Yóulǐkǎ (Eureka), Jiālìfúníyàzhōu -- Jì qùnián dì-sì bǎn de zhòngdà shēngjí zhīhòu, Wénlín Yánjiūsuǒ jīntiān fābù le Wénlín 4.1 beta bǎn gēngxīn, kāifàng gěi fúhé tiáojiàn bìng yuànyì cānjiā cèshì de Wénlín 4.0 yònghù. Cèshì rényuán kě fǎngwèn www.wenlinshangdian.com bìng shǐyòng tāmen de Wénlín 4.0 xùliè hào miǎnfèi “yùdìng” gēngxīn. Wénlín 4.1 de zuìzhōng bǎn yùjì jiāng yú jīnnián qiūtiān fābù, duì 4.0 bǎn suǒyǒu yònghù de miǎnfèi kāifàng shēngjí.
Say (there is) a fire disaster, which is often reported as an explosion. We often rush to fire disasters, chatting and interviewing with firemen on the site, (to know) there are lots of detonations in fire disasters. Even if not all detonations correspond to explosion, people who have not experienced the scene would likely label the sound ‘Bang’ as explosion before recording in Weibo the ‘explosion’ of fire somewhere… (Journalists) have discrimination, which is something lacked by ordinaries. (Interviewee No. 2)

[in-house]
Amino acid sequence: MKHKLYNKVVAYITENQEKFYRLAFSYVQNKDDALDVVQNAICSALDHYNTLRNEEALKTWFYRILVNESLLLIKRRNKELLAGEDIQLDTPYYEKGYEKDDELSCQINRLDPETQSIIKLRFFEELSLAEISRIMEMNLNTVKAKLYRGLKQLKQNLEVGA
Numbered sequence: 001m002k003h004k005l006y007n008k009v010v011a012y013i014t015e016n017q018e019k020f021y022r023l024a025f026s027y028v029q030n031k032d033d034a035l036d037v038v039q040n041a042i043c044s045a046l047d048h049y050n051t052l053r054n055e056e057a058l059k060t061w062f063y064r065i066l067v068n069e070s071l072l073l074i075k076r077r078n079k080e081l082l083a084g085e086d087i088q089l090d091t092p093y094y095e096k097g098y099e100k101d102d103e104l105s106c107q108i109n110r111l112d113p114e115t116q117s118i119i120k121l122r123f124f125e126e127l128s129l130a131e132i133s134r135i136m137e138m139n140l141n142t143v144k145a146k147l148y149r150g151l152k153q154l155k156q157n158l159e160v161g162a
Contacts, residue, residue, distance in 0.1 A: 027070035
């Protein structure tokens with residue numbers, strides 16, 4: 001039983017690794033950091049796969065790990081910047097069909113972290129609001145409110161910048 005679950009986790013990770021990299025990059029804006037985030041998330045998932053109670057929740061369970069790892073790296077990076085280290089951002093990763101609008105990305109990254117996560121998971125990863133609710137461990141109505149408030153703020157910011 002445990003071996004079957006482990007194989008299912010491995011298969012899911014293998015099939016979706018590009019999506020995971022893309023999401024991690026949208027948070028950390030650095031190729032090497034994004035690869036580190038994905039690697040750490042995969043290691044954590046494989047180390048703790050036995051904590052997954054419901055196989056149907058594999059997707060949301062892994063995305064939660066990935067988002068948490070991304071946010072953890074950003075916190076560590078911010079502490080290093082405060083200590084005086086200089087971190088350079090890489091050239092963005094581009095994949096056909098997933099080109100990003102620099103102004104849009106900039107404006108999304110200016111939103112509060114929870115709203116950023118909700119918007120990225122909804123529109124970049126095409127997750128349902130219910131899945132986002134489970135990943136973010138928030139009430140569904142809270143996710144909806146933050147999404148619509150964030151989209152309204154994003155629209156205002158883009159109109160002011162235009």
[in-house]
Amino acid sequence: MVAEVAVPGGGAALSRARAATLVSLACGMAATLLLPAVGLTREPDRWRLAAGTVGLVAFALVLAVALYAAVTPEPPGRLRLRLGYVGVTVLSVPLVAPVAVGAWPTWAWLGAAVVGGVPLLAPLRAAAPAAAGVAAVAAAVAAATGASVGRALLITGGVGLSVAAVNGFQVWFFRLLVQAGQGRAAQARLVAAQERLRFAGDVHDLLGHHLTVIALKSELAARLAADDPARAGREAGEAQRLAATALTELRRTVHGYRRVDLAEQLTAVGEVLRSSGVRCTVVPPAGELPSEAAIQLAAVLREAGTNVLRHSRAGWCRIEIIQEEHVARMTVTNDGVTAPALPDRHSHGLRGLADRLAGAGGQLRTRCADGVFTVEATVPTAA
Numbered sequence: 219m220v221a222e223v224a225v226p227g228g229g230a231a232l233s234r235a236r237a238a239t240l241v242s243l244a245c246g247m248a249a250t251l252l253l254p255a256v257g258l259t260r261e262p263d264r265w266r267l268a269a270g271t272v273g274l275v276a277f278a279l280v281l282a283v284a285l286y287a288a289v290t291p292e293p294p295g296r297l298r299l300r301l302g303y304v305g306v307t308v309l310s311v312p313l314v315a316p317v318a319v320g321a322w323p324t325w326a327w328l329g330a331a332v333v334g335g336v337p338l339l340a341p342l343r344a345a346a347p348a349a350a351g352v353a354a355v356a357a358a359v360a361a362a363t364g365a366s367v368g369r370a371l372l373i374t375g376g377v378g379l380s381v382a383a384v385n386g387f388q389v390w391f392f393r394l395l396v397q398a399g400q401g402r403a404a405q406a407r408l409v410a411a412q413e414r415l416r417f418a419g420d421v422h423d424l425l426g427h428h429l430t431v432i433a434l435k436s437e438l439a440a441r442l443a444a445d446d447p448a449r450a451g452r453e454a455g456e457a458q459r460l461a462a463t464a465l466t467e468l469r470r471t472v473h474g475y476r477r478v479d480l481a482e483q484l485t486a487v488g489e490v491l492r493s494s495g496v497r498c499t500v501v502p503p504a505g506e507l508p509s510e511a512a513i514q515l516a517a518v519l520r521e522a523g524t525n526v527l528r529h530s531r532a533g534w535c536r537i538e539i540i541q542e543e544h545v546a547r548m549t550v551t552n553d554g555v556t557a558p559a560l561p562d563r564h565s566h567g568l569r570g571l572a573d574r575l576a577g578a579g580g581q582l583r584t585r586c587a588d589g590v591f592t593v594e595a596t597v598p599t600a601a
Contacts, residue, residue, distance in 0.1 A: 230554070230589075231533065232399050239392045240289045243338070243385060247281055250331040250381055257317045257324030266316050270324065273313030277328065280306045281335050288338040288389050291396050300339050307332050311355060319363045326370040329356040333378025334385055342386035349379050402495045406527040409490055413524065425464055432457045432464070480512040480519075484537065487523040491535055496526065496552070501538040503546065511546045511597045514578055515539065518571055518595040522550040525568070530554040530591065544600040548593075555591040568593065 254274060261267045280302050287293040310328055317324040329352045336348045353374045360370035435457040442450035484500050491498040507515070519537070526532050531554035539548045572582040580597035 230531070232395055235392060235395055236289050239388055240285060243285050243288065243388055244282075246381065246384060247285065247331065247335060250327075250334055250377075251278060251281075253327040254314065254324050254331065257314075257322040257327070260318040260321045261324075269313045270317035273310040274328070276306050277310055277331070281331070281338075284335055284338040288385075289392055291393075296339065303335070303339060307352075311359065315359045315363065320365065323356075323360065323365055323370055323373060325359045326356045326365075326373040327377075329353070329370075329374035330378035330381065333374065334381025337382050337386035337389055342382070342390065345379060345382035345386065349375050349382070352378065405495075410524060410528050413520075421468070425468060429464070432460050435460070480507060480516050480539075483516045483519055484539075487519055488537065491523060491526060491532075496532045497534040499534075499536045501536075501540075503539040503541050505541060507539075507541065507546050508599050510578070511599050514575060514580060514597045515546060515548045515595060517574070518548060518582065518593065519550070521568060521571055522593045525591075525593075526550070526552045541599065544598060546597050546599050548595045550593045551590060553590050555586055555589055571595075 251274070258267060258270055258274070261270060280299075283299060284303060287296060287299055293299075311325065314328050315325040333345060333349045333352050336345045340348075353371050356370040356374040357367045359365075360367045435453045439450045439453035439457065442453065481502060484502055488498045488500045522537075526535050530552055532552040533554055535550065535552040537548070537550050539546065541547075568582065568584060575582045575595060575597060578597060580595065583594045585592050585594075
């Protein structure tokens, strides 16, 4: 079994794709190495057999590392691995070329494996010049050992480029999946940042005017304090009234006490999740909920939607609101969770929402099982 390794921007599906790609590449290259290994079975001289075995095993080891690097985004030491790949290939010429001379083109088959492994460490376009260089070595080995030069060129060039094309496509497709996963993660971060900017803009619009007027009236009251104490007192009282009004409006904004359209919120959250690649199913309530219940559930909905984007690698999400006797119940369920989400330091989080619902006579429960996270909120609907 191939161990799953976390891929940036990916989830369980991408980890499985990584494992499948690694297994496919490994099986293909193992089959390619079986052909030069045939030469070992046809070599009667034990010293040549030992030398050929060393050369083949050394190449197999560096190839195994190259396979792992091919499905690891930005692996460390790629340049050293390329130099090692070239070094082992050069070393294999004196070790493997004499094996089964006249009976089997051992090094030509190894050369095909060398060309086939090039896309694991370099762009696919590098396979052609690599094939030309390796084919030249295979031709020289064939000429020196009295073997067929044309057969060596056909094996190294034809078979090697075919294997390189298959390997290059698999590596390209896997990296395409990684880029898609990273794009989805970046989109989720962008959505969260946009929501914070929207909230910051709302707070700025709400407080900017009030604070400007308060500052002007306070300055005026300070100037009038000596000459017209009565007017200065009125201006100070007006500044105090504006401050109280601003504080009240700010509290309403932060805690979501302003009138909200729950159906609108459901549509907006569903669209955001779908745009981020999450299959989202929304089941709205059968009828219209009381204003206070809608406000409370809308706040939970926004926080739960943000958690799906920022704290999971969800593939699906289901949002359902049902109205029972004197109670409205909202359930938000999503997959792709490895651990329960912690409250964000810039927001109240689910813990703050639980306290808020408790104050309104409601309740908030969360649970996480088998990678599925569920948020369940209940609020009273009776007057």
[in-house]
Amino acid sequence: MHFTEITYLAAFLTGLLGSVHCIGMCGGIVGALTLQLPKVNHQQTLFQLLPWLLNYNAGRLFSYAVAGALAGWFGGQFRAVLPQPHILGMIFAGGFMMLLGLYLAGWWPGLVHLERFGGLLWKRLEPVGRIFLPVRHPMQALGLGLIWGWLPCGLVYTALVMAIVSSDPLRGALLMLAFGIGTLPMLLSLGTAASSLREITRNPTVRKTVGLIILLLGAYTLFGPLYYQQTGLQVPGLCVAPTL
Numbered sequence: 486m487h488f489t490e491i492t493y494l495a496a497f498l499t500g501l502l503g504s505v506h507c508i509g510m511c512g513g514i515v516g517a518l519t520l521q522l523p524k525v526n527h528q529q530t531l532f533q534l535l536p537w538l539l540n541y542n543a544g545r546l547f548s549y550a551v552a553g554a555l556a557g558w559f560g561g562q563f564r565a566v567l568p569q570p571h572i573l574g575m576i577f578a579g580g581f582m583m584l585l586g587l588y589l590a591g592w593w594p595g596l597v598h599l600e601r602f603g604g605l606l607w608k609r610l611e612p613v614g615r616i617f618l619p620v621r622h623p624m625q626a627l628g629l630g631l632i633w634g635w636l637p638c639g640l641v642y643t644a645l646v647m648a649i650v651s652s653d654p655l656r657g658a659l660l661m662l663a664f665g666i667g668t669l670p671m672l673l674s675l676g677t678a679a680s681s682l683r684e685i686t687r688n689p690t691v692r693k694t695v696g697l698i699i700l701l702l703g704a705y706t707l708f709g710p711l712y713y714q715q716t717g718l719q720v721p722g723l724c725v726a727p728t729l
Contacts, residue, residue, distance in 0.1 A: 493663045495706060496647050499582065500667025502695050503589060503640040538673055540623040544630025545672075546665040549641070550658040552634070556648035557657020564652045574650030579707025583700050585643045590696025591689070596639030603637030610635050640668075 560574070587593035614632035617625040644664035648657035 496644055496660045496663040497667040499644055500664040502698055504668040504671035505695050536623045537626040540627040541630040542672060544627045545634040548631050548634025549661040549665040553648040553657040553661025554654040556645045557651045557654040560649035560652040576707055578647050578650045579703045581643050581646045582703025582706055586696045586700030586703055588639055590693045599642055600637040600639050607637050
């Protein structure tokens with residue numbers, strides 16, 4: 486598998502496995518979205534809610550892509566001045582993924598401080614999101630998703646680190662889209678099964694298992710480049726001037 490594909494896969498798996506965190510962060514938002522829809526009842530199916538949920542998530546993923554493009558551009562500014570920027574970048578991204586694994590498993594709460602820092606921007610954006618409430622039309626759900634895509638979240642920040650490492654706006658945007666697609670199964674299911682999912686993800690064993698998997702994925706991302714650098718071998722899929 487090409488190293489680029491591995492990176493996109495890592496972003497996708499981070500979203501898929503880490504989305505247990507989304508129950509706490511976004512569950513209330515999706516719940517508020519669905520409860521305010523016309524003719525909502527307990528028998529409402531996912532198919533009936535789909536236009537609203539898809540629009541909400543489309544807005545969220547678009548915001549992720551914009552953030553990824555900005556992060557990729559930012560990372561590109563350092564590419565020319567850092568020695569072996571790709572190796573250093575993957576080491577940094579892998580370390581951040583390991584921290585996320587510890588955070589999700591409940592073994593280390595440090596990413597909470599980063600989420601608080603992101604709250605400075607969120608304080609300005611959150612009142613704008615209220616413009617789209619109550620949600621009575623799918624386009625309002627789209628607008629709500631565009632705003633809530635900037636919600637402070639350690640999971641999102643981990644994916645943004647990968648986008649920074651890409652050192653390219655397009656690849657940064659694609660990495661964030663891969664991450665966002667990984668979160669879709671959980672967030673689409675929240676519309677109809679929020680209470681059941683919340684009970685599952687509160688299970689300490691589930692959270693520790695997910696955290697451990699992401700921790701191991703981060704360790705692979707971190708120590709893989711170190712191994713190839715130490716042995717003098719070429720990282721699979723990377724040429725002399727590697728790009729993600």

Conversely, although the Chinese government has promulgated a series of laws to regulate the content on the Internet since the implementation of the Interim Provisions on Internet Publication Management in 2002, commercial we-media have gained highly substantial market return by virtue of the size effect and flexibility of user-produced contents. Given that the main rival of Fujian’s local journalists for the role of opinion frontrunner in information dissemination does not undergo the direct regulation of the publicity sector, the ‘VIPs’ of we-media have public credibility that is comparable to that of traditional media.